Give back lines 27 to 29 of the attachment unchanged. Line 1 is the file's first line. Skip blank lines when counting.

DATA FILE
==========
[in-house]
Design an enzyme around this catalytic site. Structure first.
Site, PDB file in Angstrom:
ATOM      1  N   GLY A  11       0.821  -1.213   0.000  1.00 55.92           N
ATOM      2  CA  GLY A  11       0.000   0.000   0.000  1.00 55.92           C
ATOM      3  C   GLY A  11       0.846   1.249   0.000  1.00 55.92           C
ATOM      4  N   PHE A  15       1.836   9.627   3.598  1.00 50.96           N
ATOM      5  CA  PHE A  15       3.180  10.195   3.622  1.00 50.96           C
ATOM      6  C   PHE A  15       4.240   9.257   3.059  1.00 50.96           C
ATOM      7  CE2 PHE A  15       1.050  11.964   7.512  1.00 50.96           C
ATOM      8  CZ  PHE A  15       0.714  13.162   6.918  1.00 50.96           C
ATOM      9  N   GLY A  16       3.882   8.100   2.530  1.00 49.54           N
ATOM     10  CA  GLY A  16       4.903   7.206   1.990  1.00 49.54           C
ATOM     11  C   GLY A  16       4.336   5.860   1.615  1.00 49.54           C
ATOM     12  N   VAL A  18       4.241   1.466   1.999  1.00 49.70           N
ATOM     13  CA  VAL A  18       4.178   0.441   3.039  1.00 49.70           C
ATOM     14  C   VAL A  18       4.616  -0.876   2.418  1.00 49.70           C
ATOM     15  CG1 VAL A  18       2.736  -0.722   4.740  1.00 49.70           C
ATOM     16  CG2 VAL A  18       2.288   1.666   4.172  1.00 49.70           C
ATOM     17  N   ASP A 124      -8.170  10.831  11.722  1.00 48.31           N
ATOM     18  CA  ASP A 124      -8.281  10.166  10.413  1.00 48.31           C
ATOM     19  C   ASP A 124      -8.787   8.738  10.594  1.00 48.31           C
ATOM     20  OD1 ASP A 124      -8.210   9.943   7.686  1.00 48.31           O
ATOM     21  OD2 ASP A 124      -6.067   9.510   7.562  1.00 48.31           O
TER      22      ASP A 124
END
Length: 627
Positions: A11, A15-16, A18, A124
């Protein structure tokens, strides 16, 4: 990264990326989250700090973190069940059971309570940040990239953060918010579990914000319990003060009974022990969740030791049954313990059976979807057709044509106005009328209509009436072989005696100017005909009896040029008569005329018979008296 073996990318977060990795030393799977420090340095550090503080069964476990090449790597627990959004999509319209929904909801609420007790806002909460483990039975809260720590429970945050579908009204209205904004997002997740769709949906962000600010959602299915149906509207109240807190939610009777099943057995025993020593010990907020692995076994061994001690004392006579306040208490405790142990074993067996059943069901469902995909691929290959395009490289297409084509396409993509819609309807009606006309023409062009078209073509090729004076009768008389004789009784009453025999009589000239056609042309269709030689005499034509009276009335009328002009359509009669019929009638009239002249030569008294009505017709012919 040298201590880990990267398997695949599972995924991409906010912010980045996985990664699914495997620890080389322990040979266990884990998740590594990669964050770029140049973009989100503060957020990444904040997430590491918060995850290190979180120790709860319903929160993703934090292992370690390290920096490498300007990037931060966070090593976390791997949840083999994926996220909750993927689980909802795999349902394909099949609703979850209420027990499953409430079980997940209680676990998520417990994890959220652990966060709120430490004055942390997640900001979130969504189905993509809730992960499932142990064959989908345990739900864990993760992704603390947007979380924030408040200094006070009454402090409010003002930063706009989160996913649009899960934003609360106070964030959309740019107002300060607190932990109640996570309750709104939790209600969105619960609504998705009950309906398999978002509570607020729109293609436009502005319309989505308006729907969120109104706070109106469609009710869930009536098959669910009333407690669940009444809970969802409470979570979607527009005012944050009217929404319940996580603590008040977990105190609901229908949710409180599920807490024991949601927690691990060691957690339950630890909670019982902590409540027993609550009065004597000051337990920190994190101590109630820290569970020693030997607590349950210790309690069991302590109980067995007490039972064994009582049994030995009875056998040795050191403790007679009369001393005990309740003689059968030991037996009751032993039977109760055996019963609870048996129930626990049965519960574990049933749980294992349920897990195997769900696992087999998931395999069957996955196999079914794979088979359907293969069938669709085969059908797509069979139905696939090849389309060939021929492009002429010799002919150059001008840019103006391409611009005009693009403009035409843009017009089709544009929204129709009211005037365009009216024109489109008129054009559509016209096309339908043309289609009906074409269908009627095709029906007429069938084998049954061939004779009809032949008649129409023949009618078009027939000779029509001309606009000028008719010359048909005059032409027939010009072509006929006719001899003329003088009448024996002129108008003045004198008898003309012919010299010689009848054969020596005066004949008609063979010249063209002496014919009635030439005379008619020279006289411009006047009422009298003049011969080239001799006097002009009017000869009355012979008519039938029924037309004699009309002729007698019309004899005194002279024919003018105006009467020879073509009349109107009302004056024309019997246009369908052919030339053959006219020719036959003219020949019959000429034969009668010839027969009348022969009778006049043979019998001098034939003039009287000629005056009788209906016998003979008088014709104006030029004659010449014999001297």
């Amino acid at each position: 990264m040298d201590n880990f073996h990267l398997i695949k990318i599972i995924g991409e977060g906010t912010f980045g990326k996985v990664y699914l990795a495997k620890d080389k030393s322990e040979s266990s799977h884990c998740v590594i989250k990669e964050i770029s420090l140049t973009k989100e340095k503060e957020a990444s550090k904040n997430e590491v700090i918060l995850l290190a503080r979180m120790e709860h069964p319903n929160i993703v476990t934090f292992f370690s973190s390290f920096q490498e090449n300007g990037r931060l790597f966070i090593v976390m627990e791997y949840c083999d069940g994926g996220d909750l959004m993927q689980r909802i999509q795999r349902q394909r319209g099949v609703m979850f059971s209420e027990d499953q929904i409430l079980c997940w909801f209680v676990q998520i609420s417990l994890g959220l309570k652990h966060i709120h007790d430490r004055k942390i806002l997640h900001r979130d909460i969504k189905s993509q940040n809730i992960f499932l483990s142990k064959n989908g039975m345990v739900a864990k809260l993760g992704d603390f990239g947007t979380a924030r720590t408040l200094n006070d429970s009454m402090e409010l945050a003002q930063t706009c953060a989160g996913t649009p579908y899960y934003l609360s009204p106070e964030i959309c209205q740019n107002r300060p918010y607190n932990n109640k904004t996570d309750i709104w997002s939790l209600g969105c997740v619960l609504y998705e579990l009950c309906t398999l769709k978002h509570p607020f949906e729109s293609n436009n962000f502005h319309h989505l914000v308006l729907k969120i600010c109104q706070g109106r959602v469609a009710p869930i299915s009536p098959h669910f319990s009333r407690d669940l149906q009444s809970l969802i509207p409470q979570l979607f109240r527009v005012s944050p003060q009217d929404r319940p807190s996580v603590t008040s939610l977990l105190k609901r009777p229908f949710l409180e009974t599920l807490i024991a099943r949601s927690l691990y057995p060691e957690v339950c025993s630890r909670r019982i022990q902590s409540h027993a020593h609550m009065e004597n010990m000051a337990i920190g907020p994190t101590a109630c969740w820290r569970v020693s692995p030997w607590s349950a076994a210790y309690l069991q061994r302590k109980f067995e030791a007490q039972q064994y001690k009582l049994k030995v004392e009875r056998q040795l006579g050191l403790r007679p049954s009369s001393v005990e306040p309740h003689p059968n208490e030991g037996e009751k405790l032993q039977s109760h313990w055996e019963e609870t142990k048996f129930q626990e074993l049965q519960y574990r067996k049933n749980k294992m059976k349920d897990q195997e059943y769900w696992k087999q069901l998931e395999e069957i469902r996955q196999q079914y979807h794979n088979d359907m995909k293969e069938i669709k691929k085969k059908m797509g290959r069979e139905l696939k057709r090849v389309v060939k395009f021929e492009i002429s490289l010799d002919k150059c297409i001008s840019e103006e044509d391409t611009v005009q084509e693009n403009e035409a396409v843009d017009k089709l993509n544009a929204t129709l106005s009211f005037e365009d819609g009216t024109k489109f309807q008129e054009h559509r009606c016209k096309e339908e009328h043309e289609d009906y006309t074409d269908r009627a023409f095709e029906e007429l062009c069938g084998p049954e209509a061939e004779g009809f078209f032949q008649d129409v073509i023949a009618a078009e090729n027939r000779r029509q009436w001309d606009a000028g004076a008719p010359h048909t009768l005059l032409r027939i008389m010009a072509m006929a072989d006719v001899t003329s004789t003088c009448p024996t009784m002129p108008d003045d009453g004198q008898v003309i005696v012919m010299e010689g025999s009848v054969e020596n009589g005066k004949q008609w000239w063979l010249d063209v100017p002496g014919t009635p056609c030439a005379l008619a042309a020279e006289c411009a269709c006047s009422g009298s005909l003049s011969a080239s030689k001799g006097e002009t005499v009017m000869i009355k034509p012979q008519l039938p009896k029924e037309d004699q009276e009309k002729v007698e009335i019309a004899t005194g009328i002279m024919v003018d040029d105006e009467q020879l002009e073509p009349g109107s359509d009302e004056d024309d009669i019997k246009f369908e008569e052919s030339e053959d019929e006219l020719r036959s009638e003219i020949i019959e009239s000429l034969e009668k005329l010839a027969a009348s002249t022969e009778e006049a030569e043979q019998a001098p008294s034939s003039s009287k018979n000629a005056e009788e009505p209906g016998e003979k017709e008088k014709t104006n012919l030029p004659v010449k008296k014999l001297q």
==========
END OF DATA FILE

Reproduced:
Length: 627
Positions: A11, A15-16, A18, A124
């Protein structure tokens, strides 16, 4: 990264990326989250700090973190069940059971309570940040990239953060918010579990914000319990003060009974022990969740030791049954313990059976979807057709044509106005009328209509009436072989005696100017005909009896040029008569005329018979008296 073996990318977060990795030393799977420090340095550090503080069964476990090449790597627990959004999509319209929904909801609420007790806002909460483990039975809260720590429970945050579908009204209205904004997002997740769709949906962000600010959602299915149906509207109240807190939610009777099943057995025993020593010990907020692995076994061994001690004392006579306040208490405790142990074993067996059943069901469902995909691929290959395009490289297409084509396409993509819609309807009606006309023409062009078209073509090729004076009768008389004789009784009453025999009589000239056609042309269709030689005499034509009276009335009328002009359509009669019929009638009239002249030569008294009505017709012919 040298201590880990990267398997695949599972995924991409906010912010980045996985990664699914495997620890080389322990040979266990884990998740590594990669964050770029140049973009989100503060957020990444904040997430590491918060995850290190979180120790709860319903929160993703934090292992370690390290920096490498300007990037931060966070090593976390791997949840083999994926996220909750993927689980909802795999349902394909099949609703979850209420027990499953409430079980997940209680676990998520417990994890959220652990966060709120430490004055942390997640900001979130969504189905993509809730992960499932142990064959989908345990739900864990993760992704603390947007979380924030408040200094006070009454402090409010003002930063706009989160996913649009899960934003609360106070964030959309740019107002300060607190932990109640996570309750709104939790209600969105619960609504998705009950309906398999978002509570607020729109293609436009502005319309989505308006729907969120109104706070109106469609009710869930009536098959669910009333407690669940009444809970969802409470979570979607527009005012944050009217929404319940996580603590008040977990105190609901229908949710409180599920807490024991949601927690691990060691957690339950630890909670019982902590409540027993609550009065004597000051337990920190994190101590109630820290569970020693030997607590349950210790309690069991302590109980067995007490039972064994009582049994030995009875056998040795050191403790007679009369001393005990309740003689059968030991037996009751032993039977109760055996019963609870048996129930626990049965519960574990049933749980294992349920897990195997769900696992087999998931395999069957996955196999079914794979088979359907293969069938669709085969059908797509069979139905696939090849389309060939021929492009002429010799002919150059001008840019103006391409611009005009693009403009035409843009017009089709544009929204129709009211005037365009009216024109489109008129054009559509016209096309339908043309289609009906074409269908009627095709029906007429069938084998049954061939004779009809032949008649129409023949009618078009027939000779029509001309606009000028008719010359048909005059032409027939010009072509006929006719001899003329003088009448024996002129108008003045004198008898003309012919010299010689009848054969020596005066004949008609063979010249063209002496014919009635030439005379008619020279006289411009006047009422009298003049011969080239001799006097002009009017000869009355012979008519039938029924037309004699009309002729007698019309004899005194002279024919003018105006009467020879073509009349109107009302004056024309019997246009369908052919030339053959006219020719036959003219020949019959000429034969009668010839027969009348022969009778006049043979019998001098034939003039009287000629005056009788209906016998003979008088014709104006030029004659010449014999001297």